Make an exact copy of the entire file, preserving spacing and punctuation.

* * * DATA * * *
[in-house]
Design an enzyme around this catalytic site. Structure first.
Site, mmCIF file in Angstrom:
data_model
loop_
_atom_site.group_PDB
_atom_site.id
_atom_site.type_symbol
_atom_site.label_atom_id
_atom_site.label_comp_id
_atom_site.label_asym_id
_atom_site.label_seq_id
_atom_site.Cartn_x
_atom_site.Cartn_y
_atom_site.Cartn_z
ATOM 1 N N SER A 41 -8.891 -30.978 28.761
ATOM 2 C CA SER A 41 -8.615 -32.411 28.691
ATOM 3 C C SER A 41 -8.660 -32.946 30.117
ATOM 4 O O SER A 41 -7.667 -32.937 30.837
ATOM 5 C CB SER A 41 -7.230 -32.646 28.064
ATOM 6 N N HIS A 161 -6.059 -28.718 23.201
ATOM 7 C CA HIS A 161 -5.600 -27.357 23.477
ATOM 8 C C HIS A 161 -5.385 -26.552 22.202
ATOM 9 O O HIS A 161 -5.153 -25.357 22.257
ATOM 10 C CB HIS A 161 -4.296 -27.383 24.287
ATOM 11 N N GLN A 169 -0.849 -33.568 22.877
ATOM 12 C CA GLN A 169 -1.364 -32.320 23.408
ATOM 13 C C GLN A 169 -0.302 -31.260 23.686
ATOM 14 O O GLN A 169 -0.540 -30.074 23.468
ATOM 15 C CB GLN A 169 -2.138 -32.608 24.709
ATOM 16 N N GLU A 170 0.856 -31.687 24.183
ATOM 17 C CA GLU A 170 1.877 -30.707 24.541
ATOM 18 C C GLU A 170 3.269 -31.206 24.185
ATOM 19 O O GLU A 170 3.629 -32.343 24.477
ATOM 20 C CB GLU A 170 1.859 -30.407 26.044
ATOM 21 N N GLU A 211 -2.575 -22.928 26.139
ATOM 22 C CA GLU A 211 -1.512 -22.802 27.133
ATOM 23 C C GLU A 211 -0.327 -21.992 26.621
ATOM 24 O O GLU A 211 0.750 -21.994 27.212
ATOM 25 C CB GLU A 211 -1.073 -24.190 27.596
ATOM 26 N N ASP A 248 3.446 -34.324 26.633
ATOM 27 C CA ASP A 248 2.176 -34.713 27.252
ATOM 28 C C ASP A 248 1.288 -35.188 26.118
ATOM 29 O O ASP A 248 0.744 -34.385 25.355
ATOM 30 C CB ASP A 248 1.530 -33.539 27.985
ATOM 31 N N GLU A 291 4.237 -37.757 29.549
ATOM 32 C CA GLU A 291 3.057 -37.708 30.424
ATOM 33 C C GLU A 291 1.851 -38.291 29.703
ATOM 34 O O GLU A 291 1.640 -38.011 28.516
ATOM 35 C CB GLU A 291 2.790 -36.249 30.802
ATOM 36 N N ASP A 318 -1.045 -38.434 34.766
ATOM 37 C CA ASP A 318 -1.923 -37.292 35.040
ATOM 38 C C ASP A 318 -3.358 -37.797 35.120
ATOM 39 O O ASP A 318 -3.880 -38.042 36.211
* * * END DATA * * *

[in-house]
Design an enzyme around this catalytic site. Structure first.
Site, mmCIF file in Angstrom:
data_model
loop_
_atom_site.group_PDB
_atom_site.id
_atom_site.type_symbol
_atom_site.label_atom_id
_atom_site.label_comp_id
_atom_site.label_asym_id
_atom_site.label_seq_id
_atom_site.Cartn_x
_atom_site.Cartn_y
_atom_site.Cartn_z
ATOM 1 N N SER A 41 -8.891 -30.978 28.761
ATOM 2 C CA SER A 41 -8.615 -32.411 28.691
ATOM 3 C C SER A 41 -8.660 -32.946 30.117
ATOM 4 O O SER A 41 -7.667 -32.937 30.837
ATOM 5 C CB SER A 41 -7.230 -32.646 28.064
ATOM 6 N N HIS A 161 -6.059 -28.718 23.201
ATOM 7 C CA HIS A 161 -5.600 -27.357 23.477
ATOM 8 C C HIS A 161 -5.385 -26.552 22.202
ATOM 9 O O HIS A 161 -5.153 -25.357 22.257
ATOM 10 C CB HIS A 161 -4.296 -27.383 24.287
ATOM 11 N N GLN A 169 -0.849 -33.568 22.877
ATOM 12 C CA GLN A 169 -1.364 -32.320 23.408
ATOM 13 C C GLN A 169 -0.302 -31.260 23.686
ATOM 14 O O GLN A 169 -0.540 -30.074 23.468
ATOM 15 C CB GLN A 169 -2.138 -32.608 24.709
ATOM 16 N N GLU A 170 0.856 -31.687 24.183
ATOM 17 C CA GLU A 170 1.877 -30.707 24.541
ATOM 18 C C GLU A 170 3.269 -31.206 24.185
ATOM 19 O O GLU A 170 3.629 -32.343 24.477
ATOM 20 C CB GLU A 170 1.859 -30.407 26.044
ATOM 21 N N GLU A 211 -2.575 -22.928 26.139
ATOM 22 C CA GLU A 211 -1.512 -22.802 27.133
ATOM 23 C C GLU A 211 -0.327 -21.992 26.621
ATOM 24 O O GLU A 211 0.750 -21.994 27.212
ATOM 25 C CB GLU A 211 -1.073 -24.190 27.596
ATOM 26 N N ASP A 248 3.446 -34.324 26.633
ATOM 27 C CA ASP A 248 2.176 -34.713 27.252
ATOM 28 C C ASP A 248 1.288 -35.188 26.118
ATOM 29 O O ASP A 248 0.744 -34.385 25.355
ATOM 30 C CB ASP A 248 1.530 -33.539 27.985
ATOM 31 N N GLU A 291 4.237 -37.757 29.549
ATOM 32 C CA GLU A 291 3.057 -37.708 30.424
ATOM 33 C C GLU A 291 1.851 -38.291 29.703
ATOM 34 O O GLU A 291 1.640 -38.011 28.516
ATOM 35 C CB GLU A 291 2.790 -36.249 30.802
ATOM 36 N N ASP A 318 -1.045 -38.434 34.766
ATOM 37 C CA ASP A 318 -1.923 -37.292 35.040
ATOM 38 C C ASP A 318 -3.358 -37.797 35.120
ATOM 39 O O ASP A 318 -3.880 -38.042 36.211